He responded to this uncharacteristic sleepiness first by attempting to drink more water during the afternoon – not always a smart idea when you’re going to be on a train for ninety minutes and prefer to stay away from Amtrak bathrooms (seriously: peeing while standing on a moving vehicle could be an interesting Olympic sport) – and then, by making sure to have a snack on the afternoon train home.

It’s generally not hard to persuade The Curmudgeon to have a snack, especially if chocolate is involved.

It almost – but not quite – came to this

These little attempts to address this uncharacteristic afternoon drowsiness helped, but only a little, so The Curmudgeon decided that it must originate with the beginning of the trip: to get to the train station in Philadelphia to make the trip to Harrisburg he was waking up at 5:15, and since his normal wake-up time is 7:00 and he is neither a morning person nor a person who can go to sleep early the night before to help compensate for the lost sleep, he decided he was tired because he hadn’t gotten enough sleep and there was nothing he could do about that and the afternoon yawns were something he was just going to have to learn to live with.

About three-quarters of the way through these five months of bi-monthly trips to Harrisburg his boss needed to go back to the office after the client meeting before going out to lunch; he said he needed to make a phone call. (He wasn’t kidding anyone:   The Curmudgeon knew he needed to use the bathroom.) Even though the walk was only two blocks it put us in an entirely different restaurant orbit and we decided to go to an Irish pub, where The Curmudgeon ordered shepherd’s pie. Since there already are potatoes in shepherd’s pie, he had no fries that day.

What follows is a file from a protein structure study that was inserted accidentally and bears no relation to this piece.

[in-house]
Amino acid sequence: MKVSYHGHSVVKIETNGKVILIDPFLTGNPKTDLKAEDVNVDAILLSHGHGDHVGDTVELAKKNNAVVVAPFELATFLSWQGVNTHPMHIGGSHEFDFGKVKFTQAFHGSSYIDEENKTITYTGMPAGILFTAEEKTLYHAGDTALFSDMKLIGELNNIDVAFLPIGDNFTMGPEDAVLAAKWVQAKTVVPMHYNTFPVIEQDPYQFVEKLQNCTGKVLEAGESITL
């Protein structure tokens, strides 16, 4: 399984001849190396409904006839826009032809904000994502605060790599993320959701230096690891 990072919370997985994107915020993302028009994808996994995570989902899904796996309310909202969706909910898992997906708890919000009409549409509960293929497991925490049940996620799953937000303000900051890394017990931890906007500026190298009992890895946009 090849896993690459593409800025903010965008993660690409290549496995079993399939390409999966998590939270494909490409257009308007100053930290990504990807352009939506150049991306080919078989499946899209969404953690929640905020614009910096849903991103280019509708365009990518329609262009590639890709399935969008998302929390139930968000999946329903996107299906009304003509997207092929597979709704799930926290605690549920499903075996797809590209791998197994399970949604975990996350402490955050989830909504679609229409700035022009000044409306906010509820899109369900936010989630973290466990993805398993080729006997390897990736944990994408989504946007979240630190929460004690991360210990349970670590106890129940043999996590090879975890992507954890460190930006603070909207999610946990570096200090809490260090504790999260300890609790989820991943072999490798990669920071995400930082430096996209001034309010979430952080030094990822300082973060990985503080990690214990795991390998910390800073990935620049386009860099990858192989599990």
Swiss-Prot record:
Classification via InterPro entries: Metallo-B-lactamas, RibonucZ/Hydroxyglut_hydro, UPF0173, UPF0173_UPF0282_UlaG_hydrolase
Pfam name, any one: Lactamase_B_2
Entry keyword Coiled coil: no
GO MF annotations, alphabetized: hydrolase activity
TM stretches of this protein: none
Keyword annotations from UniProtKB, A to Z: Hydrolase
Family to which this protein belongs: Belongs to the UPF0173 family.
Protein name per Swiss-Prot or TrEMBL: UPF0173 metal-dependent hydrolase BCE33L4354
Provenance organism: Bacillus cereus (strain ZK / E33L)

The Curmudgeon was about halfway home on the train that day when he realized that he hadn’t experienced his usual afternoon fatigue.

And then, for reasons he still can’t explain, the light bulb went on: it was the french fries. He might’ve been getting zonked by the french fries.

So he set up an experiment. The next time he went out to lunch at home, on a weekend, he made a point of ordering french fries – something he never does. Lo and behold, he got tired in the afternoon. The time after that when he went out to lunch on a weekend he made a point of not eating french fries. The result: no unusual fatigue.

Then, as the bi-monthly trips to Harrisburg drew to a close, he decided to test his thesis for real, this time with the added factor of the extra-early awakening and night of less-than-usual sleep. That day, he summoned all of his will to resist the call of the french fries. The result: no fatigue.

Mystery solved, and now, all that’s left is to wonder how much money the Australian government spent to produce the results of that study that were published in the journal Nutrients.

And also to wonder why they didn’t just call The Curmudgeon.